Malaysia: Cloud seeding may not work to diminish heatwave

The Star 25 Mar 16;

KUALA LUMPUR: The Standard Operating Procedure (SOP) for cloud seeding to curb hot and dry weather conditions caused by El Nino has yet to be finalised, says Science Innovation and Technology Minister Datuk Seri Madius Tangau.

As of now, the SOP on cloud seeding says that such operations would only be done when there is haze and the air quality reaches unhealthy levels.

“We have received many requests and recommendations to carry out cloud seeding.

“But, we have to consider El Nino as a whole.

“If we do cloud seeding today, the weather will still be hot and dry tomorrow, and the same problem will recur,” he said at Menara Matrade here yesterday.

Tangau also said the SOP required that cloud seeding be approved by a special committee chaired by Minister in the Prime Minister’s Department Datuk Seri Dr Shahidan Kassim.

However, the worry of more hotter days are now diminishing because the heatwave has weakened and El Nino will slow down by June.

Tangau added that six places in the country had recorded temperature levels of between 37ºC and 39ºC as at 4pm yesterday.

The highest was Batu Embun, Pahang (37.8ºC); followed by Chuping, Perlis and Temerloh, Pahang (37.7ºC); Alor Setar (37.6ºC); Lubok Merbau, Kedah (37.4ºC); and Seberang Prai (37ºC).

Tangau was at Menara Matrade to present prizes to the winners of the 2015 Malaysia Design Competition and the 2015 MRM-IBag Design Competition.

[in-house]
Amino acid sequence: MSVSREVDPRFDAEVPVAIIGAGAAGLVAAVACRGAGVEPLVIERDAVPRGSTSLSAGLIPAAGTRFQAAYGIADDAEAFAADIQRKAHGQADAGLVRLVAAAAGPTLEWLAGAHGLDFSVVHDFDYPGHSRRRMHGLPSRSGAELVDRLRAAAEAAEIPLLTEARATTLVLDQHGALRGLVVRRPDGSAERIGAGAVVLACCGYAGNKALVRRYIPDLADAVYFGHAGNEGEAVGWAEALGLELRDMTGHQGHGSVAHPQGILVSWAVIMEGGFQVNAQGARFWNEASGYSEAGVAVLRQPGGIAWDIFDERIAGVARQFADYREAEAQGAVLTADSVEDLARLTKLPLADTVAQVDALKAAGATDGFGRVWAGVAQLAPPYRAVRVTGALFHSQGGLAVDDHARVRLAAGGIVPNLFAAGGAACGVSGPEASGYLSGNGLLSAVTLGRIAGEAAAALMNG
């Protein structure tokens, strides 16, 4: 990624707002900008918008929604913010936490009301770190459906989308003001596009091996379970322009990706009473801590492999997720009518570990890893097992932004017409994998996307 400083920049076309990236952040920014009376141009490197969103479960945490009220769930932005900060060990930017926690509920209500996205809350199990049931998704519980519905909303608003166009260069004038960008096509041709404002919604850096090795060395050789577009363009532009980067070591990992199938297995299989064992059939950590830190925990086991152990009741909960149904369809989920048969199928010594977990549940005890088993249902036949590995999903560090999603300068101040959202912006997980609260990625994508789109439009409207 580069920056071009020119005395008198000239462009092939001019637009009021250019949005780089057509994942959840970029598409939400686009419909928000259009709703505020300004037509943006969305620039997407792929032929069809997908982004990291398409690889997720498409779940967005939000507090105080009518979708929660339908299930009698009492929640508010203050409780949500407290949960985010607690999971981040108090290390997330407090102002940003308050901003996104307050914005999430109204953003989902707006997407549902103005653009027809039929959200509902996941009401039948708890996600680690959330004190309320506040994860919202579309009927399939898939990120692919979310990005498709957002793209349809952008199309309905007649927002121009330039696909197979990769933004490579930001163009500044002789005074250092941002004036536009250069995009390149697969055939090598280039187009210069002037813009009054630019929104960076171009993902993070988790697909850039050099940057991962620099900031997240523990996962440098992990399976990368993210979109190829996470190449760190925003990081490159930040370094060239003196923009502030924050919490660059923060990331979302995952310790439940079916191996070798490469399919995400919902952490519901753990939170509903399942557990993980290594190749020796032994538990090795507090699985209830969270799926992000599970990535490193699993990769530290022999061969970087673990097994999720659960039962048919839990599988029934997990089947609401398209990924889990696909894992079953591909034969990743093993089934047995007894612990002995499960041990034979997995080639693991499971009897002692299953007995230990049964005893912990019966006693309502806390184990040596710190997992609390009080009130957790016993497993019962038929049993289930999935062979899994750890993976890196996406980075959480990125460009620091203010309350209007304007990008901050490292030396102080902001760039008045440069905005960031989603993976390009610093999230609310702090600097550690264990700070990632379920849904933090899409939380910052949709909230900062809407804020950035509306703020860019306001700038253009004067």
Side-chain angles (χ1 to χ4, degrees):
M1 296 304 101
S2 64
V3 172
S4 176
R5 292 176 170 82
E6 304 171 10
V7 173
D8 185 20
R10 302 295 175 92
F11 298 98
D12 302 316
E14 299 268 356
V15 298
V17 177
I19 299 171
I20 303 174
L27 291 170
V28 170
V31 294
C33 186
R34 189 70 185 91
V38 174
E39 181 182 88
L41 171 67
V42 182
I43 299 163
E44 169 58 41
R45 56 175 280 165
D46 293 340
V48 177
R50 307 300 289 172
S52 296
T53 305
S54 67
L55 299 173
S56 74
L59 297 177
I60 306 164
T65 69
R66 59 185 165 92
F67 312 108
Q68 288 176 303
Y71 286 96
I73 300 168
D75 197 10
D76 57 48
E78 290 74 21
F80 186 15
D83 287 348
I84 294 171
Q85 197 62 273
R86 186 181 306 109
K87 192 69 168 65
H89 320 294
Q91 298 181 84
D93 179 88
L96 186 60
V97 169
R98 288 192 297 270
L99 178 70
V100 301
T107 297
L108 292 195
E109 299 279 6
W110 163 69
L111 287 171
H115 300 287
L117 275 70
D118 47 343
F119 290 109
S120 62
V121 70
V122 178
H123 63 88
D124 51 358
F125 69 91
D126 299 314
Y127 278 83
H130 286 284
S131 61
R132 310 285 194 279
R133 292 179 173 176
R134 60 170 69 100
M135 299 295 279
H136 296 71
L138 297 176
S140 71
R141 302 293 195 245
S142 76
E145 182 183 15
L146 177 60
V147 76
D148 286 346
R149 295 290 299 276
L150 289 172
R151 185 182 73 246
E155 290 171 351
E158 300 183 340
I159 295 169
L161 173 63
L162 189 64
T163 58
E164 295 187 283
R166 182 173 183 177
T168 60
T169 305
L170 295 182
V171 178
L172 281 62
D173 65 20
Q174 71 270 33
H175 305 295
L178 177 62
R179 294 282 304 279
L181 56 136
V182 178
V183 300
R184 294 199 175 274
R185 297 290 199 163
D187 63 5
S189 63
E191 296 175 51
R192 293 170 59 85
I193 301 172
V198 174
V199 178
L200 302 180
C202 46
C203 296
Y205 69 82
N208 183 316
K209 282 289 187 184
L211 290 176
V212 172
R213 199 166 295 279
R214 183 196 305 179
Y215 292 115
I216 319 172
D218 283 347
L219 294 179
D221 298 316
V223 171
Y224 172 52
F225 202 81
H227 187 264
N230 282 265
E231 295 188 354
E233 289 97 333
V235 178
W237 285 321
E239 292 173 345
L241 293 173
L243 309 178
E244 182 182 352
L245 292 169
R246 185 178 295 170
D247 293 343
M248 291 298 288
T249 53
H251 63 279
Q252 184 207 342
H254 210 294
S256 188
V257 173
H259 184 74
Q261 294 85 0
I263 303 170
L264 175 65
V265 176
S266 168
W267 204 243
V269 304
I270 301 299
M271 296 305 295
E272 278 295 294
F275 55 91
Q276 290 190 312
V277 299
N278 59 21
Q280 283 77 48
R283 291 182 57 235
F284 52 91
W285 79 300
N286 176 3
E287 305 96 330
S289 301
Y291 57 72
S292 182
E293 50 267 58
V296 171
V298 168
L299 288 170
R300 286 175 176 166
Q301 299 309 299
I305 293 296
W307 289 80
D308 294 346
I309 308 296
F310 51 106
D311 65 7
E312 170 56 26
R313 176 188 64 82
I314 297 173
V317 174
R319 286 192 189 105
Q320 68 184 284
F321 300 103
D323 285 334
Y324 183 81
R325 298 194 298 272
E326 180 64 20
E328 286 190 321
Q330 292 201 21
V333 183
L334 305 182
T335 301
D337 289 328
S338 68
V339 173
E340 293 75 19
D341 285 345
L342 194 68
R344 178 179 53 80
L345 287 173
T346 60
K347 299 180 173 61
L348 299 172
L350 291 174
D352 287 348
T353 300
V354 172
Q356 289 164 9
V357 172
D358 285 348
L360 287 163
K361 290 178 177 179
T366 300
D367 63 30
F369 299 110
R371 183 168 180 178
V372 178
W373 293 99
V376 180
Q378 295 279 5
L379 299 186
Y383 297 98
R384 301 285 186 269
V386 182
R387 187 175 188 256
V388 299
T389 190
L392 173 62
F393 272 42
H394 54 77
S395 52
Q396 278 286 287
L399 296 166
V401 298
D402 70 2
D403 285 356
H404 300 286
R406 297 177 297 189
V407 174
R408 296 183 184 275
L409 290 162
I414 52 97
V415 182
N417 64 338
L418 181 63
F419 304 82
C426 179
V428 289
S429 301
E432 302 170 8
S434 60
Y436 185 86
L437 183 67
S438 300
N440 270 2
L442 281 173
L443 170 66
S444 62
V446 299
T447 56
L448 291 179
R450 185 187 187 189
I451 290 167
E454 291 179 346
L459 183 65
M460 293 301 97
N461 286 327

The competition by Malaysia Design Council and organised by the ministry serves as a platform for young local designers to display their creativity in generating new ideas and concepts.

Dengue dips in dry spell
VEENA BABULAL New Straits Times 24 Mar 16;

KUALA LUMPUR: Despite the intensifying heat, the prolonged dry spell has brought about a positive effect — a dip in number of dengue cases.

Deputy director-general of Health Datuk Dr Lokman Hakim Sulaiman, who confirmed the decline in cases to the New Straits Times, said “outdoor breeding places were drying up”.

Dr Lokman said dengue cases had dropped for the three weeks running up to March 19.

He said 2,247 cases were recorded in the 11th week of the year, while 2,556 and 2,719 cases were recorded in the 10th and ninth week of the year, respectively.

The eighth week recorded 2,885 cases from 2,785 the week before, based on data on the Health Ministry’s National Crisis Preparedness and Response Centre’s Facebook page.

“This (trend) is expected to continue until the end of next month or early May, coinciding with the pattern of rainfall.

But we are preparing a strategy to prevent a rise in cases expected in June,” he said.

In its latest statement, the ministry said 32,925 dengue cases had been recorded up to the 11th week of this year, an increase of 2,035 cases (6.6 per cent) compared with the same period last year.

“There have been 82 deaths this year compared with 98 for the same period last year,” the statement read.

Seven deaths were recorded nationwide last week, with two in Selangor, Federal Territories and Putrajaya (2), Johor (2) and Perak (1), compared with 16 deaths the week before. The outbreak peaked in the fourth week of the year, with 3,750 cases.

The ministry also noted 202 hotspots, with Selangor topping the list with 151 hotspots, followed by Johor (37), Perak (6), Federal Territories and Putrajaya (4), Terengganu (2) and Penang (1).